World companies in the car shop

In addition to self-driving techniques and electric propulsion, the development of flying cars is also one of the promising mobility directions for the (near) future. One recent development is that Italdesign and Porsche have also joined a collaboration marked by the Western European Airbus Industrie consortium to develop a new type of air taxi.

Although the flying taxi is still in the testing phase, “three-dimensional mobility” is already floating in the eyes of interested companies. That is, a combined vehicle whose modular cab cab rolls on a conventional four-wheeled chassis on city roads, but can be uncoupled and uncoupled from it, and can already fly its passengers in the air by hanging it on propeller drones. Named Pop.Up Next, the flying cabin can take a radical turn, especially in crowded metropolitan areas, with quick access to airports, Pavesche Sales Chief Detlev von Platen stressed in his daily press conference as he justified his move. On congested city roads, the sports car manufacturer’s expert said, even a lightning-fast Porsche takes hours to retreat to suburban airports, while the electric-powered, unmanned module takes just a few minutes by air taxi. Prior to Porsche’s current accession, the division of labor for the project, which was first unveiled at last year’s Geneva Motor Show, says Airbus is working on the design of the drones, the Italdesign cabin.

But Pop.Up is by no means alone in the competition for the development of flying cars. Daimler has strengthened rival German Volocopeter in the company of several other companies by unloading € 25 million. The German development team also targeted the air taxi market with a five-person vertical take-off and take-off (VTOL) construction. But competitors are far from over: the German Lilium Jet start-up is still in the market for the development of new types of airworthiness, while Li Sufu, the billionaire owner of the rapidly expanding Chinese Geely Holding, acquired American Terrafugia last year. , which promised to launch its aircraft model next year, and a VTOL vehicle by 2025. Terrafugia was founded back in 2009 by an enthusiastic group of recent graduates from the Massachusetts Institute of Technology (MIT) with the goal of starting mass production of the electric-powered flying car.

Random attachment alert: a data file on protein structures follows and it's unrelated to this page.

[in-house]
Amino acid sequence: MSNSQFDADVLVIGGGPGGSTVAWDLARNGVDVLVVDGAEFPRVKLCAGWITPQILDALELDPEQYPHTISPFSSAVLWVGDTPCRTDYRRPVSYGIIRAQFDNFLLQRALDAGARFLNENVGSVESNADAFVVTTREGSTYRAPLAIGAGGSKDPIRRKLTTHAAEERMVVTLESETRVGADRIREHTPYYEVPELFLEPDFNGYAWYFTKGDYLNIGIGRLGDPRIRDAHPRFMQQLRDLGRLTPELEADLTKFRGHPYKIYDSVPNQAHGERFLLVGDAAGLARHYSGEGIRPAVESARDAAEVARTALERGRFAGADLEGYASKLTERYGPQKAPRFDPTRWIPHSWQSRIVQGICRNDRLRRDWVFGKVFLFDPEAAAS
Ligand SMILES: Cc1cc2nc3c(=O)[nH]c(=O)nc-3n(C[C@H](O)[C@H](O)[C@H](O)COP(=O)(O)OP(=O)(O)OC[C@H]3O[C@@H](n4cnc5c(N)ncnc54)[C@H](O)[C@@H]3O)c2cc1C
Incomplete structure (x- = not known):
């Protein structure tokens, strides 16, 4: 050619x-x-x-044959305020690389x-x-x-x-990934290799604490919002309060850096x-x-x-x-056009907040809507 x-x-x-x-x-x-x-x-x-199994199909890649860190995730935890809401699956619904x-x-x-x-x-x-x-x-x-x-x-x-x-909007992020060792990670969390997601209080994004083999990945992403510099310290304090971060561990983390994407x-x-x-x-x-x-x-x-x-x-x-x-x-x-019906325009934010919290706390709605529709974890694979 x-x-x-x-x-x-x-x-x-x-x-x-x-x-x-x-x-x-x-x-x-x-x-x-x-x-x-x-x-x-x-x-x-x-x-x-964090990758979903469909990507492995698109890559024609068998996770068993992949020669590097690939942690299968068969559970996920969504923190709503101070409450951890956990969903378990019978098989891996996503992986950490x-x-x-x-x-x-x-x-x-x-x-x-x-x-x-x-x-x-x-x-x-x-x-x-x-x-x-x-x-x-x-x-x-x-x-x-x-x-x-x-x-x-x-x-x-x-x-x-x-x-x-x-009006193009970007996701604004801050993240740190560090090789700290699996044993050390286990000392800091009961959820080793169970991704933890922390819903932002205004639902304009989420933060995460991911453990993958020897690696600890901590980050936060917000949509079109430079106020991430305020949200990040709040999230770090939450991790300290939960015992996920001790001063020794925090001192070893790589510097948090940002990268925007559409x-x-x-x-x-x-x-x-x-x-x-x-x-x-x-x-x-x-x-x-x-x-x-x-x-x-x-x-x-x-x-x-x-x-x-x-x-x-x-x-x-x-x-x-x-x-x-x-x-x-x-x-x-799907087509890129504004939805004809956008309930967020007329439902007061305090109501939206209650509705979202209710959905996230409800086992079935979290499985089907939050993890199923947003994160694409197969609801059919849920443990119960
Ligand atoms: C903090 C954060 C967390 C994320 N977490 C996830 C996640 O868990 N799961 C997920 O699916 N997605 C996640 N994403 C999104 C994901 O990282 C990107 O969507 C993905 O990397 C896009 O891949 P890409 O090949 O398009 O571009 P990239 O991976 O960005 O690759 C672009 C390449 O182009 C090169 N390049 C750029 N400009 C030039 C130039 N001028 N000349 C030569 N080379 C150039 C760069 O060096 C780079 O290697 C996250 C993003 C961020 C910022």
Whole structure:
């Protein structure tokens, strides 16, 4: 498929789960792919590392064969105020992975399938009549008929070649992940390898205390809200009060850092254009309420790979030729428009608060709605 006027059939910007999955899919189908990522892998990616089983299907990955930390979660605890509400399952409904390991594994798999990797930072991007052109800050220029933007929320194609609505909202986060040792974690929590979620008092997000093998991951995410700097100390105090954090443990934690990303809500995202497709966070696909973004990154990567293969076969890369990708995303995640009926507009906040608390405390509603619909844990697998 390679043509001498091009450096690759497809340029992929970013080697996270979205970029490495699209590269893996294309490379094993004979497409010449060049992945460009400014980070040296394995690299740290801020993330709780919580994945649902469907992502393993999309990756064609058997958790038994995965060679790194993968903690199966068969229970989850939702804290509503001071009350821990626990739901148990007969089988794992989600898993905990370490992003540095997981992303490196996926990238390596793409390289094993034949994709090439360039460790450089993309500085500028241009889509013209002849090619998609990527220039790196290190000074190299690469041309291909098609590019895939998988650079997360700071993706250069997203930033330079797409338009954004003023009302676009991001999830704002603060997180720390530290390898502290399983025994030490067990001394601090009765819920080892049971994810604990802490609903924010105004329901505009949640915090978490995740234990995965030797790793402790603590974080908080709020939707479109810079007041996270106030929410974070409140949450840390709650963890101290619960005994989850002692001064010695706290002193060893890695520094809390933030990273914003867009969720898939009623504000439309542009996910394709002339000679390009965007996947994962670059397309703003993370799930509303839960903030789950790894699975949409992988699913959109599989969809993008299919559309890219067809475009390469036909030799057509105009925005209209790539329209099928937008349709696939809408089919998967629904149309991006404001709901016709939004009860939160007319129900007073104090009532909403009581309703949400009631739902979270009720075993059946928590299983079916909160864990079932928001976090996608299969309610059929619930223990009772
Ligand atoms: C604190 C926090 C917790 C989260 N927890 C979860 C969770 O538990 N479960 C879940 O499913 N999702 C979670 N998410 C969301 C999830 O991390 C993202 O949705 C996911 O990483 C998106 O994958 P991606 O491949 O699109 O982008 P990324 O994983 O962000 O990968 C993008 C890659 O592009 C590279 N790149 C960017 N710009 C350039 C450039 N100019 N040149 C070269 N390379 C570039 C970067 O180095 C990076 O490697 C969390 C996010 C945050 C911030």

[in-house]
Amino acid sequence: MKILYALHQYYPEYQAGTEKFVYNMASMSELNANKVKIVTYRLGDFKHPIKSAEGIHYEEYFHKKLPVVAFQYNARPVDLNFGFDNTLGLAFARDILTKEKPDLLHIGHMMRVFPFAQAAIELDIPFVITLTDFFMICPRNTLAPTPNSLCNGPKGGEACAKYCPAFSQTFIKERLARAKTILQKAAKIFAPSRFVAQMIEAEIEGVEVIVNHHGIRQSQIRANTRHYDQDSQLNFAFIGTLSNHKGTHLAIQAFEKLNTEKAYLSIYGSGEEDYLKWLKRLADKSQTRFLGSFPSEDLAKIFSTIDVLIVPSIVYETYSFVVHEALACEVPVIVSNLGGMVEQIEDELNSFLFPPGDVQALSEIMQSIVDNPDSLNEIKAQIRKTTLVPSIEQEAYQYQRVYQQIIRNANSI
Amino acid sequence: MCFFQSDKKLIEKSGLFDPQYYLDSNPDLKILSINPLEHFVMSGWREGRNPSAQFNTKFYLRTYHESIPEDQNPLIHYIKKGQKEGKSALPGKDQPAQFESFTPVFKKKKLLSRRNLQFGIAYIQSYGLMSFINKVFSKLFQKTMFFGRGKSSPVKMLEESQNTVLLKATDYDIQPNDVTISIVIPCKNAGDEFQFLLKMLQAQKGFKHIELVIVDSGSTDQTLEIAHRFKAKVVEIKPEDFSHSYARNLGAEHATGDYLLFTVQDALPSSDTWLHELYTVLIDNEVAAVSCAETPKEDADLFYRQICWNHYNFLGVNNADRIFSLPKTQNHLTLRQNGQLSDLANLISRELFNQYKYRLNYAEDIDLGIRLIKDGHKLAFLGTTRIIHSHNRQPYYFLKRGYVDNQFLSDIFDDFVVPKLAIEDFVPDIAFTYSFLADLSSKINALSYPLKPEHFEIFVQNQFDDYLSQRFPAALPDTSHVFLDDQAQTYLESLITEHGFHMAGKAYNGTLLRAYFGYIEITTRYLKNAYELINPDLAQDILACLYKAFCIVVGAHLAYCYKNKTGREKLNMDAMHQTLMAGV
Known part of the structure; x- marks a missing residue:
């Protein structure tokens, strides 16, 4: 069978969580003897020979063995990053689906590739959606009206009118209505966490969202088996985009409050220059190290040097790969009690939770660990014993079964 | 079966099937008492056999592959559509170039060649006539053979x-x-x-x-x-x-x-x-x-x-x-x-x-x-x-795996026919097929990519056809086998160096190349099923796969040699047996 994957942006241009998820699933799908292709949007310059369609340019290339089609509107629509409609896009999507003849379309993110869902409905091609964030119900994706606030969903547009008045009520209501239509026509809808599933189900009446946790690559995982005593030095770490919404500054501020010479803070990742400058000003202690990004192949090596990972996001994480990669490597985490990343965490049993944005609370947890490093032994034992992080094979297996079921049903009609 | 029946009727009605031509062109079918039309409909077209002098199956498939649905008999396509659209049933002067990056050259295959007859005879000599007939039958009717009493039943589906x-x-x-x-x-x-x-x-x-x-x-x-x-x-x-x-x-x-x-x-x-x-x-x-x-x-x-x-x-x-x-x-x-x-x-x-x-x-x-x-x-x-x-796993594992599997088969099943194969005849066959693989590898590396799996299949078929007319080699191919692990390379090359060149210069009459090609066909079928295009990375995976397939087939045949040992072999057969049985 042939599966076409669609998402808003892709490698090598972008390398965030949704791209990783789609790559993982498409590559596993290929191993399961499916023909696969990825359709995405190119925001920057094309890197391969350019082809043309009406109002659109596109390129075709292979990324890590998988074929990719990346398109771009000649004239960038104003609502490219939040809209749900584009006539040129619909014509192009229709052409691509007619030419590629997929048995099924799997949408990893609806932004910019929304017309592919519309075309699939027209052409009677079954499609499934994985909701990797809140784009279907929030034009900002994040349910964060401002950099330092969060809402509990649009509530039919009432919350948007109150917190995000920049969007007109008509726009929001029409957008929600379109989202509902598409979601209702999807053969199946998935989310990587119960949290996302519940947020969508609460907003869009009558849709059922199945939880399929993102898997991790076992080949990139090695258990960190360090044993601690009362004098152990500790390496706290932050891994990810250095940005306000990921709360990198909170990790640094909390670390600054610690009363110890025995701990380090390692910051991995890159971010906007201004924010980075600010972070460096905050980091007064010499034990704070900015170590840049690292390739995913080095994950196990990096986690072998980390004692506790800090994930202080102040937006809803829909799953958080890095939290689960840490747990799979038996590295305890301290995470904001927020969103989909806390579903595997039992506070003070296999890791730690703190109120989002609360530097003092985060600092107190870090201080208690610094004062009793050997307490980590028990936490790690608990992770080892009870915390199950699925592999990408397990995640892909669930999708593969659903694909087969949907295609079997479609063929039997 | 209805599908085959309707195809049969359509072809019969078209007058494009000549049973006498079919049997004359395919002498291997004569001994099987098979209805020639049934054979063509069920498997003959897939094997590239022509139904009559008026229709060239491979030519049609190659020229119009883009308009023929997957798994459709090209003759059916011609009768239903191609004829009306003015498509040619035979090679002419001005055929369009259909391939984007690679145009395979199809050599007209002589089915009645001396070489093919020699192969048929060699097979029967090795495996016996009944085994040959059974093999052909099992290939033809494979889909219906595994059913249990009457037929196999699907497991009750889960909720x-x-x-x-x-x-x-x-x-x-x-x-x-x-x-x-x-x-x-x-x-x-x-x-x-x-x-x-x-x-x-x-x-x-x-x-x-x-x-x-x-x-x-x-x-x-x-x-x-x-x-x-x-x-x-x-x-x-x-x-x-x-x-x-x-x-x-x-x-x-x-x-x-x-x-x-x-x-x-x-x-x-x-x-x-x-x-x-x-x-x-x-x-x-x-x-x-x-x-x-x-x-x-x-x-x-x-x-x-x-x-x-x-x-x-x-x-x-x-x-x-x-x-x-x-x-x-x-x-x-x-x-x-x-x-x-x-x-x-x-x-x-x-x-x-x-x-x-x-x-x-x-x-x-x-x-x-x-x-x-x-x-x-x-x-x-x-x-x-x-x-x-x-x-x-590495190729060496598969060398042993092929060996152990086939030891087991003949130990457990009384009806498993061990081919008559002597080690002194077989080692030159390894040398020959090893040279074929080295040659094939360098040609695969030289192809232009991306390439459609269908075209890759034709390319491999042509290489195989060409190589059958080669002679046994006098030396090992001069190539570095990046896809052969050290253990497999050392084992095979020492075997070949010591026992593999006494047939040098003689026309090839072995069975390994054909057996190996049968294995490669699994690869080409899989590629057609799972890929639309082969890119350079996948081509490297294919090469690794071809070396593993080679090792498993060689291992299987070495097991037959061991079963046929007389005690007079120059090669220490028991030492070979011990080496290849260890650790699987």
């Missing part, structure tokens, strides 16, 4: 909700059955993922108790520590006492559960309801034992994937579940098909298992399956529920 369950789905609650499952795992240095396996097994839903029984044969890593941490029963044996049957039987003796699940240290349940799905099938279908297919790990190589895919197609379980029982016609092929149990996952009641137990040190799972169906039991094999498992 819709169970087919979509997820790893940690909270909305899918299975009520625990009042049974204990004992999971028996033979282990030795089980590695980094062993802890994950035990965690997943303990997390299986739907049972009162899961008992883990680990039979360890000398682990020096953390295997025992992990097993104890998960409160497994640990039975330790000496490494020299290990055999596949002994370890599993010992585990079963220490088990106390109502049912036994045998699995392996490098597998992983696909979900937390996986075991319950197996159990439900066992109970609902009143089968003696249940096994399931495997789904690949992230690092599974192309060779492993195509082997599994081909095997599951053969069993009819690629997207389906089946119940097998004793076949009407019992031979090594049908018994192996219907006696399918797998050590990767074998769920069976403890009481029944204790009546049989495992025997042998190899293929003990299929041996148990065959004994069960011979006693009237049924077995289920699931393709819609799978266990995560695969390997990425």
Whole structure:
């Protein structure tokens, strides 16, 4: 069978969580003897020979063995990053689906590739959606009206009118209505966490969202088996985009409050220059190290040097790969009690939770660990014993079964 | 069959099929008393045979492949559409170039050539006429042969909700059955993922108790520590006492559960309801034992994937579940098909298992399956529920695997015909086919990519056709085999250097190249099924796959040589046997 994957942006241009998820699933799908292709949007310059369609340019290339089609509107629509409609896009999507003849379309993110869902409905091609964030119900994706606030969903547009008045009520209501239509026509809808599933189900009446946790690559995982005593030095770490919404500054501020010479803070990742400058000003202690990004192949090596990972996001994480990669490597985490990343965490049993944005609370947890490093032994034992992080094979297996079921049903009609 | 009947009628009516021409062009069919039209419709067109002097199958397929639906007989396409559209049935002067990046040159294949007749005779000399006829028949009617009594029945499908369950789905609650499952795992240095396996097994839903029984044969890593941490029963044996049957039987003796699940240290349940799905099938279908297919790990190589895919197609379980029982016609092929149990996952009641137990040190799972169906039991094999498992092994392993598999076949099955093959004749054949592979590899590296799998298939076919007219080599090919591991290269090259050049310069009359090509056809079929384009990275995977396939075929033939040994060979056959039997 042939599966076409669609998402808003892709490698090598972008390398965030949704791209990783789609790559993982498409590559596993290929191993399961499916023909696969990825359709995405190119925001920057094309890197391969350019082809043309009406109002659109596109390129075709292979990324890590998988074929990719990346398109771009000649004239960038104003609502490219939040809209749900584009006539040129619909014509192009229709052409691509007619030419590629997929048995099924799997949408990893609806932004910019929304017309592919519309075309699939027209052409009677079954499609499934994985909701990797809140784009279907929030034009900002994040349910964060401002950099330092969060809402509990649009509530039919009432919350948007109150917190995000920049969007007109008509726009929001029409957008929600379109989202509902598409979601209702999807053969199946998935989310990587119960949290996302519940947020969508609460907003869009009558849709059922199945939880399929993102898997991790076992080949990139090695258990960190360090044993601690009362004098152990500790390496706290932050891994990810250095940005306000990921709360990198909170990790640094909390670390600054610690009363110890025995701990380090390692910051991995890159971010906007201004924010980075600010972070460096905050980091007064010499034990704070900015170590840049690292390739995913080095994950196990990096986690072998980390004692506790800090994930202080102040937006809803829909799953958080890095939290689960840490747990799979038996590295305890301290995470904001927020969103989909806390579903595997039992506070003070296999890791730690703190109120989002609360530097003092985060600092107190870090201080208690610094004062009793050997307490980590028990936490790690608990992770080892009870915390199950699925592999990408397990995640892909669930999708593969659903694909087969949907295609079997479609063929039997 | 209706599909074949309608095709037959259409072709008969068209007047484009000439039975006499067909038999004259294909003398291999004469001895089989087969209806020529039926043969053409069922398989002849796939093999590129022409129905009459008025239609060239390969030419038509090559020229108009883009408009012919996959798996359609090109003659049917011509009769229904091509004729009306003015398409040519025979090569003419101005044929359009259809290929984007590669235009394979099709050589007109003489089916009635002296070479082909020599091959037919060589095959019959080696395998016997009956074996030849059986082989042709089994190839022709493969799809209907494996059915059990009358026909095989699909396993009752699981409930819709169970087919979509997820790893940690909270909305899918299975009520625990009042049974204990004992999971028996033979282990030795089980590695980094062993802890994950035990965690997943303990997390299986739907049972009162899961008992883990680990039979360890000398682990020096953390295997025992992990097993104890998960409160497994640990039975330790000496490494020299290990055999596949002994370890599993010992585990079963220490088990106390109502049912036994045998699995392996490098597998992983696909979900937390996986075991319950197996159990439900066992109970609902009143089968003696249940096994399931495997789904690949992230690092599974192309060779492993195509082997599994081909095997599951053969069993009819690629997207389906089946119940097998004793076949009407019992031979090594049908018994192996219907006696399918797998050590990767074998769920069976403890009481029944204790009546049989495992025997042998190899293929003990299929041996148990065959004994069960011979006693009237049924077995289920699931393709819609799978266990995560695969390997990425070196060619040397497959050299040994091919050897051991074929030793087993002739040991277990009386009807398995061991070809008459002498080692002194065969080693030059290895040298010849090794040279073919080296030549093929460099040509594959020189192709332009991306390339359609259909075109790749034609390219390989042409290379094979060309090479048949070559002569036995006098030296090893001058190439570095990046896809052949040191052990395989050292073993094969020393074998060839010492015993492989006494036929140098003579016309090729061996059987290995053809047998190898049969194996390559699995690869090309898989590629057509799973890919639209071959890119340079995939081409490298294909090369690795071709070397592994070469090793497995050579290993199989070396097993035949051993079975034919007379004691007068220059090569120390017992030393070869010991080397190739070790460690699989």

However, the program apparently needed more capital, which explains Geely’s entry, which could already include Volvo, Proton in Malaysia, Lotus in the UK and London Taxi, among others. The competition is further enhanced by the two-seater aircraft of the Slovak company Aeromobil. As we wrote in our Centennial Idea of ​​the Flying Car at the end of last year, Aeromobil can do 900 kilometers on the road and 700 kilometers in the air with a refueling, and the machine can be adjusted, ie its wings can be folded in and out. In this way, we can see that the development of flying cars, and the use of the former as soon as possible, is a priority for several large companies.

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